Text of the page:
Thanks a ‘Million’

NOTE: As the Word/Eagle is in flux with the renaming and corresponding change in official website, John is still putting his reviews here.

By John Lyle Belden

On a December day in 1956, something extraordinary happened.

And the fact that it did happen, and occur largely spontaneously, is practically unbelievable – but then, there’s the sound recordings, and that famous photo. On that day, in the little studio of Sun Records in Memphis, Tenn., four legends – Carl Perkins, Elvis Presley, Johnny Cash and Jerry Lee Lewis – held an impromptu gospel/country/rockabilly jam session that a local newspaper would declare the “Million Dollar Quartet.”

The Broadway musical of that same title, commemorating that day, is presented locally by Actors Theatre of Indiana at The Center for the Performing Arts in downtown Carmel through Oct. 2.

In the play’s dramatization, Perkins (Jeremy Sevelovitz) and his brothers are in a recording session, trying to come up with his next hit, when Sun’s owner and producer Sam Phillips (Don Farrell) surprises him with the label’s latest signee – a hyper Louisiana boy, Lewis (Taylor Gray), who is days away from his own first hit. Phillips wants to add boogie-woogie piano to enrich Perkins’ rockabilly sound – which the guitar legend resists, at first.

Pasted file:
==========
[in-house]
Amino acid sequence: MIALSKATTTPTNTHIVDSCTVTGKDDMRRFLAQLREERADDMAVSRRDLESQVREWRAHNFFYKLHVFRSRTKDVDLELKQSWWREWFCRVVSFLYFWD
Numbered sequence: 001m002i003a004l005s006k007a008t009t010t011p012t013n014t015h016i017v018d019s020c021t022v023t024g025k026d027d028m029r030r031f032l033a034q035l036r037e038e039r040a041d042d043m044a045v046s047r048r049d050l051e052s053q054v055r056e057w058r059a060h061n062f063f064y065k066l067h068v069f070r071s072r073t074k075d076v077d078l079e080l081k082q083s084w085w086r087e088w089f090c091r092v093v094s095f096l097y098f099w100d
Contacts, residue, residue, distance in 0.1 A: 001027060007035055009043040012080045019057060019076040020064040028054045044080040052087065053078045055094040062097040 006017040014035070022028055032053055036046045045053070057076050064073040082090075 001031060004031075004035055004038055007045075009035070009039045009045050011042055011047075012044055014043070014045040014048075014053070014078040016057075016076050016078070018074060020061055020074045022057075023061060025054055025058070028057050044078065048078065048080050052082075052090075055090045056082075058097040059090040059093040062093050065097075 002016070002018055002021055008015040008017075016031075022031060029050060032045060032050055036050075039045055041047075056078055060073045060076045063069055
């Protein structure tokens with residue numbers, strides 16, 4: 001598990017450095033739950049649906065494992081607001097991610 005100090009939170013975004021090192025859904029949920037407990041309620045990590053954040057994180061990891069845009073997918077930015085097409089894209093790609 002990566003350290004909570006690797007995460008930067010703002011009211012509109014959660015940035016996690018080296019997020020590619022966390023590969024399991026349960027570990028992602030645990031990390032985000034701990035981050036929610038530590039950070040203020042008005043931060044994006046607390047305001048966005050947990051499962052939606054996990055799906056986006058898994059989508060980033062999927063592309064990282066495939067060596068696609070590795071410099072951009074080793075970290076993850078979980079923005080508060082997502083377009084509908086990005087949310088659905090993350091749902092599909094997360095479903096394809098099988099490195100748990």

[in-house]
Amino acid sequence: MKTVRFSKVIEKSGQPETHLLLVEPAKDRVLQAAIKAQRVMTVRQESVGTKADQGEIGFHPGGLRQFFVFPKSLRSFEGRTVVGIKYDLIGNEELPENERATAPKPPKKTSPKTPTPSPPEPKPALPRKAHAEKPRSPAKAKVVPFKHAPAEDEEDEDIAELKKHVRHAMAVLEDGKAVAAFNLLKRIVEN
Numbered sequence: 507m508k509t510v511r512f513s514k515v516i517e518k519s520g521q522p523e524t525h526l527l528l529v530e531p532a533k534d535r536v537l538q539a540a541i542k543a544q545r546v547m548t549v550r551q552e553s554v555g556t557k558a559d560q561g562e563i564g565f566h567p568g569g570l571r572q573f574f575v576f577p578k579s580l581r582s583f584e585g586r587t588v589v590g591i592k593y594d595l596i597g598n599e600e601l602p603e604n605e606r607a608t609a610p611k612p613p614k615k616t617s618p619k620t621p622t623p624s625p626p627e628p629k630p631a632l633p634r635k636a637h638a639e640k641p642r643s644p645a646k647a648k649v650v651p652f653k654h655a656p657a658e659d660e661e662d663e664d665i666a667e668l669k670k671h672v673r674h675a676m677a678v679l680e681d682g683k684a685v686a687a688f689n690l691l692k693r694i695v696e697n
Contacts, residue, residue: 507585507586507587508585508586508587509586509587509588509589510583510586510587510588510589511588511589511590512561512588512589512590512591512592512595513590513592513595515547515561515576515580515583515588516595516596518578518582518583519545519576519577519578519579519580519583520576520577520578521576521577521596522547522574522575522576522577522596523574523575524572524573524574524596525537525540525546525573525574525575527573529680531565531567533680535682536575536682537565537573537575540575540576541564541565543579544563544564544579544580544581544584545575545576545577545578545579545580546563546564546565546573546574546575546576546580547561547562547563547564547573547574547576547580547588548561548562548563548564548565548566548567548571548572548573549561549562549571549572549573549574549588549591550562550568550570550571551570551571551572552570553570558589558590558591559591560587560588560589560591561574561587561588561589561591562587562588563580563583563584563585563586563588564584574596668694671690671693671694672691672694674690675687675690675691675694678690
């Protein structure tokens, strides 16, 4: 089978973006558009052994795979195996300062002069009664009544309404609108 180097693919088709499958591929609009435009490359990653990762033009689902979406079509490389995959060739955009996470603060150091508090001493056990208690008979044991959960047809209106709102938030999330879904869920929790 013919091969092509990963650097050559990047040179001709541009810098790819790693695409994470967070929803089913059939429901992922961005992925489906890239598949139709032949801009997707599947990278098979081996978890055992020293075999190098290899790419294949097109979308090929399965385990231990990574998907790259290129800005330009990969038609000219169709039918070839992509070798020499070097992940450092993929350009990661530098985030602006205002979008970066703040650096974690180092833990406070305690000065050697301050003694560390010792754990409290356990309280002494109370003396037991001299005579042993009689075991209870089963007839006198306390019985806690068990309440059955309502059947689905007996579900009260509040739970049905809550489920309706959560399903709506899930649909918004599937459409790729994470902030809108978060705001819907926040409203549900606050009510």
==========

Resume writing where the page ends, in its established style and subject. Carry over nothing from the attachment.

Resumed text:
Meanwhile, Cash (Brandon Alstott) is expected to stop by; Phillips has a surprise contract extension for him, but Cash has a surprise of his own. Then, Presley (Adam Tran), who started with Sun but sings for RCA, stops by with his latest girlfriend (Betsy Norton), and can’t resist picking up a guitar and joining in. All four singers, and even the young woman, sing solos and harmonies of familiar songs from the era, including the stars’ biggest hits.